|The Klickitat Wildlife Area.|
I often like to do rides on the way to or from a camping destination, and for years I have known about the trail along the Lower Deschutes River, and although I've hiked a short portion of it, I wanted to do the whole 22 miles on horseback.
The Deschutes River Recreation area allows horses on the Old Railbed trail only between March 1st and June 30th every year, and you have to have a reservation. It was somewhat confusing getting the reservation, I was directed to call a number which was the wrong number, then told to call the park directly, they then told me to call the number I had already called. Long story short, to bypass all of this, the actual number is 1 800 551 6949. I paid my $8.00 and after that I got a series of emails with instructions, a confirmation letter, then a pre-registration email, and finally the actual paper to print out and take to the park with me.
When I got there I followed the rules and checked in with the park host who was a nice enough fellow but he obviously didn't give a rip whether I checked in or not. The parking area for trailers is small, only enough room for two rigs, there is a manure bin to clean up after yourself, and there are bathrooms nearby.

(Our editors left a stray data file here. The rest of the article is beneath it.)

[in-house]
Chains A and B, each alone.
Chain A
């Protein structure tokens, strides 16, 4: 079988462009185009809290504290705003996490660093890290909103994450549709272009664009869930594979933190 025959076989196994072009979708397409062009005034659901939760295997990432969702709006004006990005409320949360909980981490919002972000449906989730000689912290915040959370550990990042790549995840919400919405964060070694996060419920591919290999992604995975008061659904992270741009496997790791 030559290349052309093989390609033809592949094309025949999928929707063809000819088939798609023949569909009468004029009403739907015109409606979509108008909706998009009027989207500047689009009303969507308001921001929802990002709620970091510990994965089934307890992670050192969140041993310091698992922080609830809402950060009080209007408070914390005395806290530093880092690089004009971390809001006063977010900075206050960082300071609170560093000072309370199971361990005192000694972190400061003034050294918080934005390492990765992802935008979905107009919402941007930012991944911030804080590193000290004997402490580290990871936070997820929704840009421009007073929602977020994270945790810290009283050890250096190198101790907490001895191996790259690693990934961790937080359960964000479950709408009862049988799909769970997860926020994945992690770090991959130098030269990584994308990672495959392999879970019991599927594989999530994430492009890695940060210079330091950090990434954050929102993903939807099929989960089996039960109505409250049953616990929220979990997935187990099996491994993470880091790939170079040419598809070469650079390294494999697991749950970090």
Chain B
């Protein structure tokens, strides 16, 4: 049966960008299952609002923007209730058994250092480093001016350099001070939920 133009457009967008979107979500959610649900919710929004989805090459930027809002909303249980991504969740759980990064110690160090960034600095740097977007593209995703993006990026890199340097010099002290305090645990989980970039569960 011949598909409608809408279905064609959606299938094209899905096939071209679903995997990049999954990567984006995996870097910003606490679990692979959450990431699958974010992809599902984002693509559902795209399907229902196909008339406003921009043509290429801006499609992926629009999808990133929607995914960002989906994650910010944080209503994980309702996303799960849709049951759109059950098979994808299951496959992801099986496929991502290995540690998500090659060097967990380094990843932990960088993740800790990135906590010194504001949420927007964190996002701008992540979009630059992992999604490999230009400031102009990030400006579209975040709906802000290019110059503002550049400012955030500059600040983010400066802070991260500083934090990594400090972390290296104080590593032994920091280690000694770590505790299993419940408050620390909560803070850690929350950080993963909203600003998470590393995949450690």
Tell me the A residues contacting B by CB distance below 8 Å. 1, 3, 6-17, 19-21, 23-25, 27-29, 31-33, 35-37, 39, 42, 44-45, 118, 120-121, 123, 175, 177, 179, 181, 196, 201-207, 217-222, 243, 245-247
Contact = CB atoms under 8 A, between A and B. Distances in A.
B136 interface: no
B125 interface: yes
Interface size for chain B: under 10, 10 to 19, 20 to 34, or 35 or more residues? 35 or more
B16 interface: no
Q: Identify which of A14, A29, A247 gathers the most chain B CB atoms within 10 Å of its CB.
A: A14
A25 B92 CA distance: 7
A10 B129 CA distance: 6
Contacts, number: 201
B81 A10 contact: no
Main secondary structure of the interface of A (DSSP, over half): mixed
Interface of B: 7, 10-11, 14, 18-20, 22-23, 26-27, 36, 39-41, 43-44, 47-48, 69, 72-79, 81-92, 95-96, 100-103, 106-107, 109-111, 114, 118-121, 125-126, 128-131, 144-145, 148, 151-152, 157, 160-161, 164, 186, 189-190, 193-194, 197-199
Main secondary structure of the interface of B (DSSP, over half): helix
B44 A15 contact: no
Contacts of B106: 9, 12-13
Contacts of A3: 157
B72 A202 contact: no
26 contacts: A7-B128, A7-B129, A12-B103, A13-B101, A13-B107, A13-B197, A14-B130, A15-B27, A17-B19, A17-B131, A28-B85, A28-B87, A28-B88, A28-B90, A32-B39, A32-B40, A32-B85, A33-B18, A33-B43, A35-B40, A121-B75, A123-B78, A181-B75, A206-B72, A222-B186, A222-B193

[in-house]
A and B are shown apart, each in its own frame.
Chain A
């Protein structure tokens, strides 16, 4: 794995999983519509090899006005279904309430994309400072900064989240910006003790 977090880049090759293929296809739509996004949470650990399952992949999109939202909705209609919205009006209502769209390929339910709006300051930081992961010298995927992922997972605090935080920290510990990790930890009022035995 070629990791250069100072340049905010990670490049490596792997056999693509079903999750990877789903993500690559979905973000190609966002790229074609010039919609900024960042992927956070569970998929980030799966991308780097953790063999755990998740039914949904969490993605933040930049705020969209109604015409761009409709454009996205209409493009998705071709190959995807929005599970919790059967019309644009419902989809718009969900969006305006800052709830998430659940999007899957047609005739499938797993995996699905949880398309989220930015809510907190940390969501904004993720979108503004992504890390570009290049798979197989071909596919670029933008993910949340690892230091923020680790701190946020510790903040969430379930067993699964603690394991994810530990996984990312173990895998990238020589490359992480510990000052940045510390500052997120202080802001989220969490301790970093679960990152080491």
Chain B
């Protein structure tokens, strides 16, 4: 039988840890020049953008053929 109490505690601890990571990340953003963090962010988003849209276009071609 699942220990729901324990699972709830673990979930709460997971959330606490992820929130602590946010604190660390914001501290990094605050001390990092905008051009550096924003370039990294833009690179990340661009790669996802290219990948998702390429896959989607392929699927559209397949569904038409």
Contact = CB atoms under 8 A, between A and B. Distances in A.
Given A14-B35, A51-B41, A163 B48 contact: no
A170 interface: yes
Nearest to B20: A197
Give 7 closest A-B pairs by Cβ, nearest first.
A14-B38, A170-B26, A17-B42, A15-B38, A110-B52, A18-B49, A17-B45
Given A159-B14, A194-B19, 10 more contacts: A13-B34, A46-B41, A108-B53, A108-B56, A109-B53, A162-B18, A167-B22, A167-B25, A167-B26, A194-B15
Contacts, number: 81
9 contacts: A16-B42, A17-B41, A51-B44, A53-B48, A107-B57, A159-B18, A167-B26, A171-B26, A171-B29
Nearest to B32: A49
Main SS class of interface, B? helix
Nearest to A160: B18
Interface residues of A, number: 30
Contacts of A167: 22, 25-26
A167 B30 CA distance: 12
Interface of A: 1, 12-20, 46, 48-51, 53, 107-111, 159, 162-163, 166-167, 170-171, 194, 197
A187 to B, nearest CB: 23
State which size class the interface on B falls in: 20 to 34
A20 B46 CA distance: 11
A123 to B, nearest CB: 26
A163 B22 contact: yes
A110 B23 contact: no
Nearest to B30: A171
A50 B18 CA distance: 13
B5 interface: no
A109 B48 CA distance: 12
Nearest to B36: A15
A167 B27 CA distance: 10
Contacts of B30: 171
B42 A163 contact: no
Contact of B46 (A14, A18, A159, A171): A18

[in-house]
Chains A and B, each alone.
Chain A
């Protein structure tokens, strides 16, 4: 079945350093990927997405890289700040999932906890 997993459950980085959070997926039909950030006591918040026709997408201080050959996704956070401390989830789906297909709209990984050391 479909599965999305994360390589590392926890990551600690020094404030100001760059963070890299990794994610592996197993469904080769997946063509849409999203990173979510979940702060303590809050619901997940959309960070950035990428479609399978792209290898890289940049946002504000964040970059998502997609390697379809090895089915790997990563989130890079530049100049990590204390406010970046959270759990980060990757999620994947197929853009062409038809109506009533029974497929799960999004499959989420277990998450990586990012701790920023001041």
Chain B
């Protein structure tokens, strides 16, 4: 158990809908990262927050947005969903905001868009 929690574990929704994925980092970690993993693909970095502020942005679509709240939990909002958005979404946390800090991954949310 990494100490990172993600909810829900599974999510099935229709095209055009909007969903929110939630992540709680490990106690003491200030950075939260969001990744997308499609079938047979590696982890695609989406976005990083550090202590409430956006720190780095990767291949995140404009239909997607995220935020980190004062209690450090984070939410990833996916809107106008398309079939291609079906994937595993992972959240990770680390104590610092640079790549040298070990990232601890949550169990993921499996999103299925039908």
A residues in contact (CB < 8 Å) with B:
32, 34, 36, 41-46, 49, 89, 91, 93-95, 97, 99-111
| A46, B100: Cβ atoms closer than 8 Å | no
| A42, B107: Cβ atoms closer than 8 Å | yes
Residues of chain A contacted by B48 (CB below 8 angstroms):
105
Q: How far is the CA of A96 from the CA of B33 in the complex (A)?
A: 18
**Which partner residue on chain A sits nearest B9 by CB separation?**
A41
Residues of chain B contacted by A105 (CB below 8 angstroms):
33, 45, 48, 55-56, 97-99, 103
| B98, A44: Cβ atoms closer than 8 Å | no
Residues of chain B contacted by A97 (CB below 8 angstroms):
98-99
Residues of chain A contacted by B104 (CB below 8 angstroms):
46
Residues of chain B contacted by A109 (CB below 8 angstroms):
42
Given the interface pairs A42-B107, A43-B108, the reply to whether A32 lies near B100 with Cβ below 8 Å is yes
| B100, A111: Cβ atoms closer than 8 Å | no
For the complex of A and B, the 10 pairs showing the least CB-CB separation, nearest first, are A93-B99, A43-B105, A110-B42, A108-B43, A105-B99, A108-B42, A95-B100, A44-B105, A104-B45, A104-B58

|The horse trailer parking lot at the Deschutes River Recreation Area.|
|The Old Railbed Trail starts right at the parking area.|
I started off on the trail and rode the entire 22 miles, mostly in solitude, only seeing a couple of cyclists the entire day. I was lucky enough to stop and observe a couple of bald eagles fishing in the river.
Approximately halfway there is a hitching post, and there are also a few bathrooms along the way. I believe they used to have water troughs set up for horses, since they don't want anyone riding down to the river, but although I did see a couple of them here and there, they were empty and falling apart.